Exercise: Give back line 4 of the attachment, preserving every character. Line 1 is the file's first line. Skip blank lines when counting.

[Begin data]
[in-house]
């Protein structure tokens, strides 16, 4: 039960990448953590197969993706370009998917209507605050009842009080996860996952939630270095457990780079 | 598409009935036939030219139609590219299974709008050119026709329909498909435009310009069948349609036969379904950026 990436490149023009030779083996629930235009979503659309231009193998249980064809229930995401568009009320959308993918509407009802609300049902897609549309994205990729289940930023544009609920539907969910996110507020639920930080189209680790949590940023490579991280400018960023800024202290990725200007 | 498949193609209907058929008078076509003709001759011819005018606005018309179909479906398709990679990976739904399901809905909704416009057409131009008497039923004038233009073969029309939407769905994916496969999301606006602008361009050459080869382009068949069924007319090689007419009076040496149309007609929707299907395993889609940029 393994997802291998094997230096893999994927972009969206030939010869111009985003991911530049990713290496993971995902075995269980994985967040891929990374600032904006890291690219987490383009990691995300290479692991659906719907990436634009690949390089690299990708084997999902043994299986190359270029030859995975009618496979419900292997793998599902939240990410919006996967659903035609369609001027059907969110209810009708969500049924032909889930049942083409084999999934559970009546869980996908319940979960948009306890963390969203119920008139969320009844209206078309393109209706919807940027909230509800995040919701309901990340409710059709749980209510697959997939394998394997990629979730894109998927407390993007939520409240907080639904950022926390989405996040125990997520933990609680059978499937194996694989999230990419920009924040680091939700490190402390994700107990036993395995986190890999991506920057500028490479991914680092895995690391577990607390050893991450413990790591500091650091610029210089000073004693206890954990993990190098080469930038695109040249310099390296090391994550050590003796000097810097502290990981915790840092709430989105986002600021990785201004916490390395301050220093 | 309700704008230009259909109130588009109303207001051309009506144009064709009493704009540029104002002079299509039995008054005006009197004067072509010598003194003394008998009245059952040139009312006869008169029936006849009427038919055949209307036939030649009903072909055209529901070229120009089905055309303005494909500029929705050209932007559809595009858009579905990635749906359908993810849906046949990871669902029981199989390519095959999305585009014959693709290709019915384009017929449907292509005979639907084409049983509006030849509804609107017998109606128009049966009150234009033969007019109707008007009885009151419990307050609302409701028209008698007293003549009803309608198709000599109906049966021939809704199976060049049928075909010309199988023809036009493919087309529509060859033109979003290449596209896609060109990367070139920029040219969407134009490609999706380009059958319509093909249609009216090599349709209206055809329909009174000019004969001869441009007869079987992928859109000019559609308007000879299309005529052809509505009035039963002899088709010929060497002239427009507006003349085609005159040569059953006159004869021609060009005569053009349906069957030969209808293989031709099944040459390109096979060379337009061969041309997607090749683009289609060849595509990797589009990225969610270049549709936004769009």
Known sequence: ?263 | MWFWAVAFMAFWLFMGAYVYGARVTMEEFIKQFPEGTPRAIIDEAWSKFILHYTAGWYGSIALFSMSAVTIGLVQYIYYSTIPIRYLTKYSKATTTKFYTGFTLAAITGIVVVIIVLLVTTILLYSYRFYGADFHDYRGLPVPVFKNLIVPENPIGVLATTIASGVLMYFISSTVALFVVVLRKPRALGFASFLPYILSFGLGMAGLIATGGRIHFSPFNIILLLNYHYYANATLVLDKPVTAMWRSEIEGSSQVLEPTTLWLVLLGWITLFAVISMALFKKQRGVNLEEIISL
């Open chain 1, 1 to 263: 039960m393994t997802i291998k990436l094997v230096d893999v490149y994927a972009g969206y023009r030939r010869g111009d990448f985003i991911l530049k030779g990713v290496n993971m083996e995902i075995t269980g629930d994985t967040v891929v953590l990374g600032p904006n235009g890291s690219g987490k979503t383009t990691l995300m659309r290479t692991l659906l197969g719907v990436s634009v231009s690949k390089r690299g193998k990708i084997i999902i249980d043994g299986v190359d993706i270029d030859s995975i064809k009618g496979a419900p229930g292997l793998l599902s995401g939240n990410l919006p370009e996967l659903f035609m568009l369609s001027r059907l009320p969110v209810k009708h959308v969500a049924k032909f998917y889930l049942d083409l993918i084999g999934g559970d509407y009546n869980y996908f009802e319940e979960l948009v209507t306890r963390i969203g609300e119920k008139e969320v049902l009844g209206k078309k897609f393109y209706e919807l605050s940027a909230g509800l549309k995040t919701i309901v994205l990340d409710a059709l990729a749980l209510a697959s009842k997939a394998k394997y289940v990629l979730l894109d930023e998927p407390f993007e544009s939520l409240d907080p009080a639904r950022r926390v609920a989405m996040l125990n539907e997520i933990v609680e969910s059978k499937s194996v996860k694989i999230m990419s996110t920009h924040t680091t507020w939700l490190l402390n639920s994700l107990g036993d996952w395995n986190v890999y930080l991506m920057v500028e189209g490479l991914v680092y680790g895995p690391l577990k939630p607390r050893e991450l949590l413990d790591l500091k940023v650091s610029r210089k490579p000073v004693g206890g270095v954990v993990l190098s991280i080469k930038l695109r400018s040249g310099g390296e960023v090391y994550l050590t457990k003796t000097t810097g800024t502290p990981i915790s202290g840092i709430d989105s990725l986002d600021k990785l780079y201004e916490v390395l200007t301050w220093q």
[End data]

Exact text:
């Open chain 1, 1 to 263: 039960m393994t997802i291998k990436l094997v230096d893999v490149y994927a972009g969206y023009r030939r010869g111009d990448f985003i991911l530049k030779g990713v290496n993971m083996e995902i075995t269980g629930d994985t967040v891929v953590l990374g600032p904006n235009g890291s690219g987490k979503t383009t990691l995300m659309r290479t692991l659906l197969g719907v990436s634009v231009s690949k390089r690299g193998k990708i084997i999902i249980d043994g299986v190359d993706i270029d030859s995975i064809k009618g496979a419900p229930g292997l793998l599902s995401g939240n990410l919006p370009e996967l659903f035609m568009l369609s001027r059907l009320p969110v209810k009708h959308v969500a049924k032909f998917y889930l049942d083409l993918i084999g999934g559970d509407y009546n869980y996908f009802e319940e979960l948009v209507t306890r963390i969203g609300e119920k008139e969320v049902l009844g209206k078309k897609f393109y209706e919807l605050s940027a909230g509800l549309k995040t919701i309901v994205l990340d409710a059709l990729a749980l209510a697959s009842k997939a394998k394997y289940v990629l979730l894109d930023e998927p407390f993007e544009s939520l409240d907080p009080a639904r950022r926390v609920a989405m996040l125990n539907e997520i933990v609680e969910s059978k499937s194996v996860k694989i999230m990419s996110t920009h924040t680091t507020w939700l490190l402390n639920s994700l107990g036993d996952w395995n986190v890999y930080l991506m920057v500028e189209g490479l991914v680092y680790g895995p690391l577990k939630p607390r050893e991450l949590l413990d790591l500091k940023v650091s610029r210089k490579p000073v004693g206890g270095v954990v993990l190098s991280i080469k930038l695109r400018s040249g310099g390296e960023v090391y994550l050590t457990k003796t000097t810097g800024t502290p990981i915790s202290g840092i709430d989105s990725l986002d600021k990785l780079y201004e916490v390395l200007t301050w220093q």